Stocks could recoup all of the past month’s losses before reaching “very fair” prices, according to David Bianco, chief U.S. equity strategist at Bank of America Merrill Lynch.
The Standard & Poor’s 500 Index ought to be valued at 14 times to 16 times earnings because 10-year Treasury notes yield next to nothing after adjusting for inflation, Bianco wrote two days ago in a report. The index, which fell 13 percent in the last month, closed yesterday at about 12 times his profit projection for this year.
The CHART OF THE DAY compares Bianco’s price-earnings range with annual ratios during the past half-century, as cited in his report. The figure for 2011 is an estimate, based on his projections that the index will end the year at 1,400 and S&P 500 companies will earn a combined $97 a share.
“Low rates benefit P/E more” than slowing economic growth hurts the ratio, he wrote. Each one-percentage-point decline in the real yield on 10-year Treasuries increases the fair P/E by as much as 20 percent, by his calculations.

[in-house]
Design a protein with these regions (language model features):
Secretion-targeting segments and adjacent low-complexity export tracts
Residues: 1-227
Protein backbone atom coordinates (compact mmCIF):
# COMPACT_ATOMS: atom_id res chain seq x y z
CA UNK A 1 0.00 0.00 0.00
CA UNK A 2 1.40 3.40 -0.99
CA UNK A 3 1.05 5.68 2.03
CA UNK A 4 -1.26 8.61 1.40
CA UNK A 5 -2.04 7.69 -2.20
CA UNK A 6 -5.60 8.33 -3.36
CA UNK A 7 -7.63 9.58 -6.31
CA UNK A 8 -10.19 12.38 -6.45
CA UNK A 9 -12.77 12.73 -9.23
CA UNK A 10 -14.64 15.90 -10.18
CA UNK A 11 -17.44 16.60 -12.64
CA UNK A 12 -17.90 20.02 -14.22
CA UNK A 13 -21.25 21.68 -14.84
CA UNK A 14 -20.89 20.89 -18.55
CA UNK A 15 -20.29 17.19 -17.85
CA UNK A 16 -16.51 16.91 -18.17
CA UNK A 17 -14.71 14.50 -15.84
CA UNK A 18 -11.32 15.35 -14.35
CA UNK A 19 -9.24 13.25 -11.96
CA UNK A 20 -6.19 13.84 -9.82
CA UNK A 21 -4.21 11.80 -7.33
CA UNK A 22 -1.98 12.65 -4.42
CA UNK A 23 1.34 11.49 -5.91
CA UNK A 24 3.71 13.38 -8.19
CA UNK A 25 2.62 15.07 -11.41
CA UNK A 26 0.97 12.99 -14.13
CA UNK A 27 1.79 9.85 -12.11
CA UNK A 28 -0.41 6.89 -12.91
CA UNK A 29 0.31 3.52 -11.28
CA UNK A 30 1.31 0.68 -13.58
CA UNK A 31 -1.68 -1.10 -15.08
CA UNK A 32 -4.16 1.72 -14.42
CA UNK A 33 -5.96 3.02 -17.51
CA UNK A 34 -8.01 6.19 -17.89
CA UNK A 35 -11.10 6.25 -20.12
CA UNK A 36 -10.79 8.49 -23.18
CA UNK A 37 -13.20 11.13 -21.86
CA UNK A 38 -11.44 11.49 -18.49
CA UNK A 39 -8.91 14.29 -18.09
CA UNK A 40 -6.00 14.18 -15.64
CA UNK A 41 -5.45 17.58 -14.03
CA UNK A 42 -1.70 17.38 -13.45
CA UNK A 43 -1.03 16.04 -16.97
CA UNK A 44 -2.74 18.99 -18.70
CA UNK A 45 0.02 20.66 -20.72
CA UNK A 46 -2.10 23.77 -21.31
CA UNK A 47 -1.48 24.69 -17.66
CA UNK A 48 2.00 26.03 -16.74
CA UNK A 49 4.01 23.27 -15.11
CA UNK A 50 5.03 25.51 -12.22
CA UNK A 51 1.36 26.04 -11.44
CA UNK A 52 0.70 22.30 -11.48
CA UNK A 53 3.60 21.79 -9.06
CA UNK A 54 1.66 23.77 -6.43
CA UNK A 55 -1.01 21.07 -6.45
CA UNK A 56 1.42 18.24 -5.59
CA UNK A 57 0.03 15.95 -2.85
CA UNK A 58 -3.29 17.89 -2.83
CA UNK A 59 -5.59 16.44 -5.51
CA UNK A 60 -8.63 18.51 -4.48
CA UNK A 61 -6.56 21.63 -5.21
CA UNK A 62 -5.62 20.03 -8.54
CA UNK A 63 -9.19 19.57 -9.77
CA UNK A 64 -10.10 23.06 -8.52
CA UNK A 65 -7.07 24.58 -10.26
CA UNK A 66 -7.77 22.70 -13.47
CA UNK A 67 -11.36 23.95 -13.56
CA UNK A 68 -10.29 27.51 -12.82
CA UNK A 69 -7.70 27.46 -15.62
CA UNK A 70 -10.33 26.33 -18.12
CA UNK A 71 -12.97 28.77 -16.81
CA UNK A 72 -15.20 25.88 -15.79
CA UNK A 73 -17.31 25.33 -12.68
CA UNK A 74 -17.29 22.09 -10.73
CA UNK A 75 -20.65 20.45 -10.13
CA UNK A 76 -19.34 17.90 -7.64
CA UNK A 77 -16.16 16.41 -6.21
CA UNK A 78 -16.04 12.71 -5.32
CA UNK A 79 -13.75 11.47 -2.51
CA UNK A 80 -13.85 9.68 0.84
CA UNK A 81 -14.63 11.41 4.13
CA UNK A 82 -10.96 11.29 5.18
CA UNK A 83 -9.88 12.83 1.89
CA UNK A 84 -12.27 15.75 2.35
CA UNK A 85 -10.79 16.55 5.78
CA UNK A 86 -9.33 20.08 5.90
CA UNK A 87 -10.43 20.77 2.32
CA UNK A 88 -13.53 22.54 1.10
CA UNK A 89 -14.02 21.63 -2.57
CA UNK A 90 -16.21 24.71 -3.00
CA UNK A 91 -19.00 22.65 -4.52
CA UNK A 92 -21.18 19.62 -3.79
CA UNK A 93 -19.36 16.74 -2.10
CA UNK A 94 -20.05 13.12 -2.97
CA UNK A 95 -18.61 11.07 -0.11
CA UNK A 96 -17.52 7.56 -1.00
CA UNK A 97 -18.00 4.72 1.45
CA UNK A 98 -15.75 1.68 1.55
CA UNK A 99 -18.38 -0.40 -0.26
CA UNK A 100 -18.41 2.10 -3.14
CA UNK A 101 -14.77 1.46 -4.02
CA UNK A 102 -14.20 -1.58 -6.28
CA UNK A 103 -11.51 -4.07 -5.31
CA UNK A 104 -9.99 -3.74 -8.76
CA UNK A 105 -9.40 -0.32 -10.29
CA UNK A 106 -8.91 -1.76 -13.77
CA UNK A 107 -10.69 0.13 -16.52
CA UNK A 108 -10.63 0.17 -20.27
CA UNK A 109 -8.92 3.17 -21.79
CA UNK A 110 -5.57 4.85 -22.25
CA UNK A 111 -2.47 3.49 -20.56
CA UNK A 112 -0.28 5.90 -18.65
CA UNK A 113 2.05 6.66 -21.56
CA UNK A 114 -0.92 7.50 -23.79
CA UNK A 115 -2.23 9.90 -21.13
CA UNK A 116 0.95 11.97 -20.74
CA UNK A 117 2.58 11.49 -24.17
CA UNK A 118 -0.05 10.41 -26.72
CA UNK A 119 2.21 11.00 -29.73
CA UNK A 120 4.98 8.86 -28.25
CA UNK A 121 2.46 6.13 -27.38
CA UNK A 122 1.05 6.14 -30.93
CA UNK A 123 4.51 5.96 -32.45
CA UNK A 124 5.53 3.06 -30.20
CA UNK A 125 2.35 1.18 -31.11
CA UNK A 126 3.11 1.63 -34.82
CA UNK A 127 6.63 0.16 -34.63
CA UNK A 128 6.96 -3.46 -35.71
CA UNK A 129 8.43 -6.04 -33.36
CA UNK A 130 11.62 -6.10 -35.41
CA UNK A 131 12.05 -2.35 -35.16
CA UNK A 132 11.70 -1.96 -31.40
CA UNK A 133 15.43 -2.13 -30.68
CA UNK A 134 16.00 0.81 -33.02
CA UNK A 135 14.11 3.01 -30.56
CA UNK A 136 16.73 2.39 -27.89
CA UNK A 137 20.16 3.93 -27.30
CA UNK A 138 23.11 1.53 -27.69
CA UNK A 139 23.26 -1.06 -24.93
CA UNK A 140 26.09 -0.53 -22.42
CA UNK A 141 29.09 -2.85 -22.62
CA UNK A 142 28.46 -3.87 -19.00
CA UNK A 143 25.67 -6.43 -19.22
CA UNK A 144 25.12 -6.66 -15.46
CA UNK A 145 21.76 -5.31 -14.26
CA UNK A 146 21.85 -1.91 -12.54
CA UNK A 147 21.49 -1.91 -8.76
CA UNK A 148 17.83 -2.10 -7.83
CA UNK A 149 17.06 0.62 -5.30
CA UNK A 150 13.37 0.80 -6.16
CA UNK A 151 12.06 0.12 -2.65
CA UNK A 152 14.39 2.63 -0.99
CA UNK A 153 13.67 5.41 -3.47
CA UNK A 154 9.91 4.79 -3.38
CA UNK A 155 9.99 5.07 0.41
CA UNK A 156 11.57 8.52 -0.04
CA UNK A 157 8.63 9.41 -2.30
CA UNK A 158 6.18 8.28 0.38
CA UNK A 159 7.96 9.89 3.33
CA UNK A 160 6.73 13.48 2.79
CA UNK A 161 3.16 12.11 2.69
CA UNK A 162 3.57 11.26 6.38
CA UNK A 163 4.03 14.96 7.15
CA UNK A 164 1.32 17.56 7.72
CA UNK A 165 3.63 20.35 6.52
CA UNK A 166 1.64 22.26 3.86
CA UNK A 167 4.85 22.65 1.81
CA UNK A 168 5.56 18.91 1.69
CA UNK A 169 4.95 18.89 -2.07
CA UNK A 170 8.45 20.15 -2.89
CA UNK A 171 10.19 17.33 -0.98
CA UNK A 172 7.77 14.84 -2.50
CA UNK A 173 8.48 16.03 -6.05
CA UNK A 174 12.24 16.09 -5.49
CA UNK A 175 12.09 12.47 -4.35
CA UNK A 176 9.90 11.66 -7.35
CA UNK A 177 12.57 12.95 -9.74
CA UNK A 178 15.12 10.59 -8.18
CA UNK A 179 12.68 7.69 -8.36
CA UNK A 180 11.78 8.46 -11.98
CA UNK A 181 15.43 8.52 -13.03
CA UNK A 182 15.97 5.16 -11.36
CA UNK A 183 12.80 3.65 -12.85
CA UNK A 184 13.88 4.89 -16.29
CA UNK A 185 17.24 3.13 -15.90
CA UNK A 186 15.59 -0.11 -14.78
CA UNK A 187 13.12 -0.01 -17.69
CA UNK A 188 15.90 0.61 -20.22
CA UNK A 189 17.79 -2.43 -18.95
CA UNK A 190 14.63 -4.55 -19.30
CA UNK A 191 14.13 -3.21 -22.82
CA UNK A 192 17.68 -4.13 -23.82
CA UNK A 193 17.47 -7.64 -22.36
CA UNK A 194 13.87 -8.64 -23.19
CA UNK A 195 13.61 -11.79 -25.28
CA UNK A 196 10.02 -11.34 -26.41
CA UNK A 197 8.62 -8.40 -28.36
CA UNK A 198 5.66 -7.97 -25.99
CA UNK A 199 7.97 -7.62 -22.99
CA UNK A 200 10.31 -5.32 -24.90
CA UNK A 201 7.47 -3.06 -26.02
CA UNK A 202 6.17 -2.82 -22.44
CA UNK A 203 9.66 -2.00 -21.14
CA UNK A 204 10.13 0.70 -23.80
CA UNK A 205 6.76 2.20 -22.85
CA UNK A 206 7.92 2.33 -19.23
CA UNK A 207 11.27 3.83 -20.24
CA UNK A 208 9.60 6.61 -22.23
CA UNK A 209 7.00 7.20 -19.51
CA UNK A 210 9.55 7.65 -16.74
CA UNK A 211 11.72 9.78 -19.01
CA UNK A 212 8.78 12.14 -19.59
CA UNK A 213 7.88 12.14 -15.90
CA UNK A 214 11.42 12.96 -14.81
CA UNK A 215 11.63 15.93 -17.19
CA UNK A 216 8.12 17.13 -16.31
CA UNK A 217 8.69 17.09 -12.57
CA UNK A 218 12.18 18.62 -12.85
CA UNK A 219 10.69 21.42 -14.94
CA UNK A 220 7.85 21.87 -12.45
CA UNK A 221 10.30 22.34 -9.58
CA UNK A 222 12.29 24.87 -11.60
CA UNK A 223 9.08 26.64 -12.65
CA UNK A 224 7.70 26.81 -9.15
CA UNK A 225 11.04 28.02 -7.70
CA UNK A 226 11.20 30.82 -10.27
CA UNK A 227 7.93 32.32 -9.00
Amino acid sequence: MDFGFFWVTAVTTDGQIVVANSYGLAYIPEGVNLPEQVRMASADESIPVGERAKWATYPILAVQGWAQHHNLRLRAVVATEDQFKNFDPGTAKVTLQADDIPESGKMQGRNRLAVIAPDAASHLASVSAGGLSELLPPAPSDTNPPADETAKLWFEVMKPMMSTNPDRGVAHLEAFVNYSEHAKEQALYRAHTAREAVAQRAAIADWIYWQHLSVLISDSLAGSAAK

This year, the note’s unadjusted yield fell 1.07 points through yesterday to 2.23 percent. Bianco assumed a 3 percent year-end yield and inflation rate in his report, resulting in zero real return.
Bianco’s P/E range points to a 6 percent to 7 percent annual return on the S&P 500 after inflation, which he called “both fair and attractive” in the report. During the past half-century, the index’s real return averaged 5.4 percent annually, he wrote.
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